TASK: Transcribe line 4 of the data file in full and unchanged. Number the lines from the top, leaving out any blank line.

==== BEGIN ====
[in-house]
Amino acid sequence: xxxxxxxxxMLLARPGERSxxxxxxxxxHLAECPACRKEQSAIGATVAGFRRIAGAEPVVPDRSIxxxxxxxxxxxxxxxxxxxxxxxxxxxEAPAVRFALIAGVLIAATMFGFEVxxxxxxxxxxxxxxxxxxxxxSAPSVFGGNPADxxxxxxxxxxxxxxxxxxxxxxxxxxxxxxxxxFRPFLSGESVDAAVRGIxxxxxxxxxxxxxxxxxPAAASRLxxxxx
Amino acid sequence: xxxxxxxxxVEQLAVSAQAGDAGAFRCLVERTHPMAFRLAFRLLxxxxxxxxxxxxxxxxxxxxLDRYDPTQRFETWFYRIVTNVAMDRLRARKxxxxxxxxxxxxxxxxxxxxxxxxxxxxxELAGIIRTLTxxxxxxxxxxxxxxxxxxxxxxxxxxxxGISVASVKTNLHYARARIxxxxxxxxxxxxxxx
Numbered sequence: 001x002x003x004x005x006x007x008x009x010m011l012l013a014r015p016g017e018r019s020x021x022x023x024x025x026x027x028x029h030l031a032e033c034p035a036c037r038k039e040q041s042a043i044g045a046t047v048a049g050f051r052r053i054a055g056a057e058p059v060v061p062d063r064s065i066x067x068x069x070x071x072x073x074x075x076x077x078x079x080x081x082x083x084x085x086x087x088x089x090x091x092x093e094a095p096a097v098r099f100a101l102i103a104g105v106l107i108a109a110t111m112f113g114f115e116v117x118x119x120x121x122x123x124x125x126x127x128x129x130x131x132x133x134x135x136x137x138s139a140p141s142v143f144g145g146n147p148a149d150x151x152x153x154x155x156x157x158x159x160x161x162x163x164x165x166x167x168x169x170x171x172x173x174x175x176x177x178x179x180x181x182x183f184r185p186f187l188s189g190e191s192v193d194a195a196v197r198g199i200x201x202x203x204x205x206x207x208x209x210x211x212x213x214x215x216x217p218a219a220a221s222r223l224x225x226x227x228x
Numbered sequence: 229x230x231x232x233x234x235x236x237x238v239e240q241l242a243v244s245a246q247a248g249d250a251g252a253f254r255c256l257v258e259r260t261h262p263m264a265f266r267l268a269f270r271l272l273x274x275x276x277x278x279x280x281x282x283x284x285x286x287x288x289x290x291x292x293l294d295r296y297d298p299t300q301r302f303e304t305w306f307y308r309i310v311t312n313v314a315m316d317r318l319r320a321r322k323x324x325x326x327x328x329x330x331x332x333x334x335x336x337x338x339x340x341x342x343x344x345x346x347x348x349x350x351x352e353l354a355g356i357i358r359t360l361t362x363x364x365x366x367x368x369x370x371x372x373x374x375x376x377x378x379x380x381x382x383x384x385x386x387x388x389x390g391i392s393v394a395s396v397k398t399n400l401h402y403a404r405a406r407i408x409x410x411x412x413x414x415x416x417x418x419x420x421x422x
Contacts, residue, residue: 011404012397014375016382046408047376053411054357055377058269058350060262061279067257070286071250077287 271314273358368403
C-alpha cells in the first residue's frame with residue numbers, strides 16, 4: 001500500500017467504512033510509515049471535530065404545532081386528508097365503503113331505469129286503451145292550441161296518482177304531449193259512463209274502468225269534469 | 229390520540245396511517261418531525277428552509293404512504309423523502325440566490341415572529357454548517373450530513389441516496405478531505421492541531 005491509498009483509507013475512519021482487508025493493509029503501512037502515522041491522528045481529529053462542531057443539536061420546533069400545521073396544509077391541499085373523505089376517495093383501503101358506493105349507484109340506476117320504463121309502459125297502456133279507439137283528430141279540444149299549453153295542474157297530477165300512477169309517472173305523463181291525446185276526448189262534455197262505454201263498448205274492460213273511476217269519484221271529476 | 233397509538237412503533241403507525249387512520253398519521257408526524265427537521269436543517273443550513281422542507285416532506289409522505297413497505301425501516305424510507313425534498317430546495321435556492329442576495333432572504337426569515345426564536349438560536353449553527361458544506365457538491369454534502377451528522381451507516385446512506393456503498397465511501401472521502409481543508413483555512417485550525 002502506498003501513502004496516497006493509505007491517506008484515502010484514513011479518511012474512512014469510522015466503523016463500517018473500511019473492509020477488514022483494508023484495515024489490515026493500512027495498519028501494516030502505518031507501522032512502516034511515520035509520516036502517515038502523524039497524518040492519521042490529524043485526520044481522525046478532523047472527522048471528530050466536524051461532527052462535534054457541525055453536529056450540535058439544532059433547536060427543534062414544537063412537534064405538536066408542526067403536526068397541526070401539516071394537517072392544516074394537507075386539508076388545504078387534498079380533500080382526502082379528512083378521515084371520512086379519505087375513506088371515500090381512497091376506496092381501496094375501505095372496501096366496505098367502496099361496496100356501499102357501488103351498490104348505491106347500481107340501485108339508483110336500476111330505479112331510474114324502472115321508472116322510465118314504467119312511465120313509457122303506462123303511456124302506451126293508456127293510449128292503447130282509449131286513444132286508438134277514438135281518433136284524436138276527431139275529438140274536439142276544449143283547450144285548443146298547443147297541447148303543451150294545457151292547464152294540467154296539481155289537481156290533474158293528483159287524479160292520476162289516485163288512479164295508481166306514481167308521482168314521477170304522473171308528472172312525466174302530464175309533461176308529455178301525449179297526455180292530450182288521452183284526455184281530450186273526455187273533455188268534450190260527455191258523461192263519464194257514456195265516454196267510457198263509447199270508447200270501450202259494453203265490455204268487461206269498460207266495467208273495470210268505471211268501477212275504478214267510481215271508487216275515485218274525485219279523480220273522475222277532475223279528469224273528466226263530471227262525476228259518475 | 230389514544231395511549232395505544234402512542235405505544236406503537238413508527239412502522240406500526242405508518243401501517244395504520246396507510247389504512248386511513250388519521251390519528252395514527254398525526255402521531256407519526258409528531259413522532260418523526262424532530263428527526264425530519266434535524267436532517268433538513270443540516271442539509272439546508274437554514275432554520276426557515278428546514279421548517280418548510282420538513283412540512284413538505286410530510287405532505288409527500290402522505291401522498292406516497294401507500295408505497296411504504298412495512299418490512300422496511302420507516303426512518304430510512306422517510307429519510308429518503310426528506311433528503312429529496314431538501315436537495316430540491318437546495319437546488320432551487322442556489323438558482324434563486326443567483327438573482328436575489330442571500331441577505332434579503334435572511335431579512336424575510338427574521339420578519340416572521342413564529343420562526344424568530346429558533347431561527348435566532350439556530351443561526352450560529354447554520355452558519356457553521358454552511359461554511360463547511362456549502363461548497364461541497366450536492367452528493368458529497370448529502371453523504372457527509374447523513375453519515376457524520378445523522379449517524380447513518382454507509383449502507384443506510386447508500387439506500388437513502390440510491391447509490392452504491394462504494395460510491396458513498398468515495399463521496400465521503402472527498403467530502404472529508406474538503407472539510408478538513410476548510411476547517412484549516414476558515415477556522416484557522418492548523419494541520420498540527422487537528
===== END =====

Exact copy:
Numbered sequence: 001x002x003x004x005x006x007x008x009x010m011l012l013a014r015p016g017e018r019s020x021x022x023x024x025x026x027x028x029h030l031a032e033c034p035a036c037r038k039e040q041s042a043i044g045a046t047v048a049g050f051r052r053i054a055g056a057e058p059v060v061p062d063r064s065i066x067x068x069x070x071x072x073x074x075x076x077x078x079x080x081x082x083x084x085x086x087x088x089x090x091x092x093e094a095p096a097v098r099f100a101l102i103a104g105v106l107i108a109a110t111m112f113g114f115e116v117x118x119x120x121x122x123x124x125x126x127x128x129x130x131x132x133x134x135x136x137x138s139a140p141s142v143f144g145g146n147p148a149d150x151x152x153x154x155x156x157x158x159x160x161x162x163x164x165x166x167x168x169x170x171x172x173x174x175x176x177x178x179x180x181x182x183f184r185p186f187l188s189g190e191s192v193d194a195a196v197r198g199i200x201x202x203x204x205x206x207x208x209x210x211x212x213x214x215x216x217p218a219a220a221s222r223l224x225x226x227x228x